Estimated reading time: 10 minutes
Consumer reviews are the clear bible of the online purchasing community worldwide.
The more engaged I become in how critical consumer reviews are, the more I leave comments.
I don’t do it for money; I do it because I’m happy with a product or the service I’ve received.
Often there are no gifts or monetary compensation tags, and I’m okay with that.
On the other hand, I don’t stay quiet when something goes wrong, but I communicate issues professionally.
Whether you receive an email from a company requesting consumer reviews or marketing is on the product receipt, it’s essential to any business.
Today, I want to share my experiences with online consumer reviews and how they influence and shape society.
Grocery Shopping Consumer Reviews
Have you ever been at the grocery store looking at a product, and another shopper jumps in and tells you how amazing it is?
It’s happened to me numerous times, and this is what I like to call In-person consumer product reviews.
If I had any doubts about a product, I’d ask someone who just put the item in their shopping cart.
When someone you don’t know at a store offers free reviews about a product, they’ve tried it before you buy it.
I was hunting for daikon radish to use in a salad, but I had never tried one before.
When I picked one up at Food Basics, a lady told me they were crisp and delicious in salads or kimchi.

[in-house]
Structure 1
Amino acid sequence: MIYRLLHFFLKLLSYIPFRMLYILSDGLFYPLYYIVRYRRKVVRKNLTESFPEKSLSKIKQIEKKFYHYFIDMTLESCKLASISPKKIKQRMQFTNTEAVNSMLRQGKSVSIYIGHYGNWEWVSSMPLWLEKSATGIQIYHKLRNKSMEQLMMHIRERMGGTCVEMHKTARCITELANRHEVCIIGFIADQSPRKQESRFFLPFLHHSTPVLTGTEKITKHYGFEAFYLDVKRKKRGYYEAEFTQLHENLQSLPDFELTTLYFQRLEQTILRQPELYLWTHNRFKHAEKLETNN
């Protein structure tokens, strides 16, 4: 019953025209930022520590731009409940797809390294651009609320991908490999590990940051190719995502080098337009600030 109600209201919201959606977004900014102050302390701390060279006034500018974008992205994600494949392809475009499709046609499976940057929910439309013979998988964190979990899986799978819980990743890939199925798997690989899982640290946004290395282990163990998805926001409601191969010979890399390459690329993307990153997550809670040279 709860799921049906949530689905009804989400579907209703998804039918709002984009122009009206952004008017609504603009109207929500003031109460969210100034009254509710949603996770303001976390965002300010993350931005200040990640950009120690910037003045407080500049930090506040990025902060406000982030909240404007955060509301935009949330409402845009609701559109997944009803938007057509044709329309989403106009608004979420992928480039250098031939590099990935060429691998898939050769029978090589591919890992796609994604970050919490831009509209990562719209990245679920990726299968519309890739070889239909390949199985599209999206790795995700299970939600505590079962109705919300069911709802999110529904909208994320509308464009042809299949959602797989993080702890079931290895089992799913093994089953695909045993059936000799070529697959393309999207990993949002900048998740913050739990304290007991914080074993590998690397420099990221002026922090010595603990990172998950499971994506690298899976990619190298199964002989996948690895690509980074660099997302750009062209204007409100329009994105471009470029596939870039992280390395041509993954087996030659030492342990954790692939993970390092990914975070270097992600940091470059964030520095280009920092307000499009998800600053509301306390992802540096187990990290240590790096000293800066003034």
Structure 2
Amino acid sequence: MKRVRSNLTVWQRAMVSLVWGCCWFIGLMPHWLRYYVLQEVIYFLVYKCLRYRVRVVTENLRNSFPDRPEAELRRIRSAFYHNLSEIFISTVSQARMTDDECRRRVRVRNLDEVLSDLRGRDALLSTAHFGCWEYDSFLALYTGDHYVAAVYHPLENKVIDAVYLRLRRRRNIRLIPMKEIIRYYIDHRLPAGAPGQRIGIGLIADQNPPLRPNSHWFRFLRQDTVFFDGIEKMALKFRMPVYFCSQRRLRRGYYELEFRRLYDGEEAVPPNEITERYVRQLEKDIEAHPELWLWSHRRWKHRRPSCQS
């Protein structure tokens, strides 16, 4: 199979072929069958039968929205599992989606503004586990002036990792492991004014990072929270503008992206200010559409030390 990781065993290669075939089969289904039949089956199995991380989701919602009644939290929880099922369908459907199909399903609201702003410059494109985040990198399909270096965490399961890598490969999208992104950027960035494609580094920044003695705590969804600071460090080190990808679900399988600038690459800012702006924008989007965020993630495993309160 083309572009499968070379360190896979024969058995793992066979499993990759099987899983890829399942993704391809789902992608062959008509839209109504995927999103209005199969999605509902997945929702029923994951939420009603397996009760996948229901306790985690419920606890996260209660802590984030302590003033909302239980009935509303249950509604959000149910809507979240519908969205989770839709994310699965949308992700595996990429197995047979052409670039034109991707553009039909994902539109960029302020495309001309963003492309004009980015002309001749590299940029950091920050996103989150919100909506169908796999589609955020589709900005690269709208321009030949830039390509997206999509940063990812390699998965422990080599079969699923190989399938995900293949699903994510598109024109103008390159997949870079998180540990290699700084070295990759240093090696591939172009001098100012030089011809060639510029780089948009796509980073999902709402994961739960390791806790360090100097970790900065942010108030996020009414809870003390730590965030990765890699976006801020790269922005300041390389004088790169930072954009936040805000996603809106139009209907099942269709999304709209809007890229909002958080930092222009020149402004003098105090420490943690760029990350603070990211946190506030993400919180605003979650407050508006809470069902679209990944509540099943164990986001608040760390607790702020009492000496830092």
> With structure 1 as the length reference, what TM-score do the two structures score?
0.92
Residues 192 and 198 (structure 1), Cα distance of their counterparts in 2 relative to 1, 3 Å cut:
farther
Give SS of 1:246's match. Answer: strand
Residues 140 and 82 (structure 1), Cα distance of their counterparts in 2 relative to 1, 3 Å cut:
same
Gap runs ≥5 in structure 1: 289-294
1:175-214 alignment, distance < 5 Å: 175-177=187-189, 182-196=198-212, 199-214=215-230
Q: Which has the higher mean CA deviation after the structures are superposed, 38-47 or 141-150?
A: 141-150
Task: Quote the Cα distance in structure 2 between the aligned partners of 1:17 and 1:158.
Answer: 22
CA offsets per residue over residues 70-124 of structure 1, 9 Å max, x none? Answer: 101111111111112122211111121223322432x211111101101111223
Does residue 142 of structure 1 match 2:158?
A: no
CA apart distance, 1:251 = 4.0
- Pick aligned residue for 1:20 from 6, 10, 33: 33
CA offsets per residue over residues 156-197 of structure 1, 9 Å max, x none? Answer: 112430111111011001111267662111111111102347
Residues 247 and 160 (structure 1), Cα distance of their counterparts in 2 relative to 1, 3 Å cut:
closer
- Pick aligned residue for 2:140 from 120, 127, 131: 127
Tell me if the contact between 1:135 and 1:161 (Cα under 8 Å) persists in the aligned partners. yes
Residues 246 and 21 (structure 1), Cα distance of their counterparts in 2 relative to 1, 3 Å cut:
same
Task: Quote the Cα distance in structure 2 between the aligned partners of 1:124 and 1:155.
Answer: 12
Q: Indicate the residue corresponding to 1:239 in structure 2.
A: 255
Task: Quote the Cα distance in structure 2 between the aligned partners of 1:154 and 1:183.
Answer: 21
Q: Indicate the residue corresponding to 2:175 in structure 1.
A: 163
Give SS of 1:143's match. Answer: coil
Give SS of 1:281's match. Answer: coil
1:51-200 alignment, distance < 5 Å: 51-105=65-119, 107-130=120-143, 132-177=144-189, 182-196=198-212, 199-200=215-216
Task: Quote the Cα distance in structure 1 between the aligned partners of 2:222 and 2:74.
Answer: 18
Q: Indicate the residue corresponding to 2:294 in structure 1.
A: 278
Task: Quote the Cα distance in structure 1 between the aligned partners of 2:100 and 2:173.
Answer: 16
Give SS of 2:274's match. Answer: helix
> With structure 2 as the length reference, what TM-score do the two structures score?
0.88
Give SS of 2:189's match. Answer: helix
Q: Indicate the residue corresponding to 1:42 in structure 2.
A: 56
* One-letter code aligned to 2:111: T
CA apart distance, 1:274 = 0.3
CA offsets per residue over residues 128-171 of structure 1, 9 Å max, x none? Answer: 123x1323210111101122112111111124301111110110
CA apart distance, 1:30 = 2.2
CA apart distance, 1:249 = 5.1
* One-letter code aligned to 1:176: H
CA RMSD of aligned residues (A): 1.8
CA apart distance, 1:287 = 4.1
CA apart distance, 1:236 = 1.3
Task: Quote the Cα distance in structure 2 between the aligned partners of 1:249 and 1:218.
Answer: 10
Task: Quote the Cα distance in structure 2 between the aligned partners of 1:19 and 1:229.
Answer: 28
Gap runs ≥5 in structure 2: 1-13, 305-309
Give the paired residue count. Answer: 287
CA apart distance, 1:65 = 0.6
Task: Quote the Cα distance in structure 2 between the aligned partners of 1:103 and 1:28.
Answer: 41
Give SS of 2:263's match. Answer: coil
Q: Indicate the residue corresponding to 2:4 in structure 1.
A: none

Mrs. CBB and I enjoy eating daikon radish raw as it doesn’t taste spicy like traditional red radishes.
Not all consumer reviews are positive, and I’ve been told not to buy something because it tastes gross or the quality is sub-par.
You might run into the grocery shopper who rants and raves about products and that it’s on sale, a great time to stock up.
I’ve had that happen many times, and I like how someone I don’t know offers me feedback about a product.
The problem falls short when there is no reward for customers who offer their opinion.
Consumer Reviews Without Incentives
Nobody works for free, including consumers who spend money online or in-store.
For example, if you offer a consumer review at Value Village, they give you a two-dollar coupon.
It’s not much, but it’s something for anyone looking to save more money at Value Village.
Filling out an online survey from Burger King will net you a free burger or buy one get one free coupon.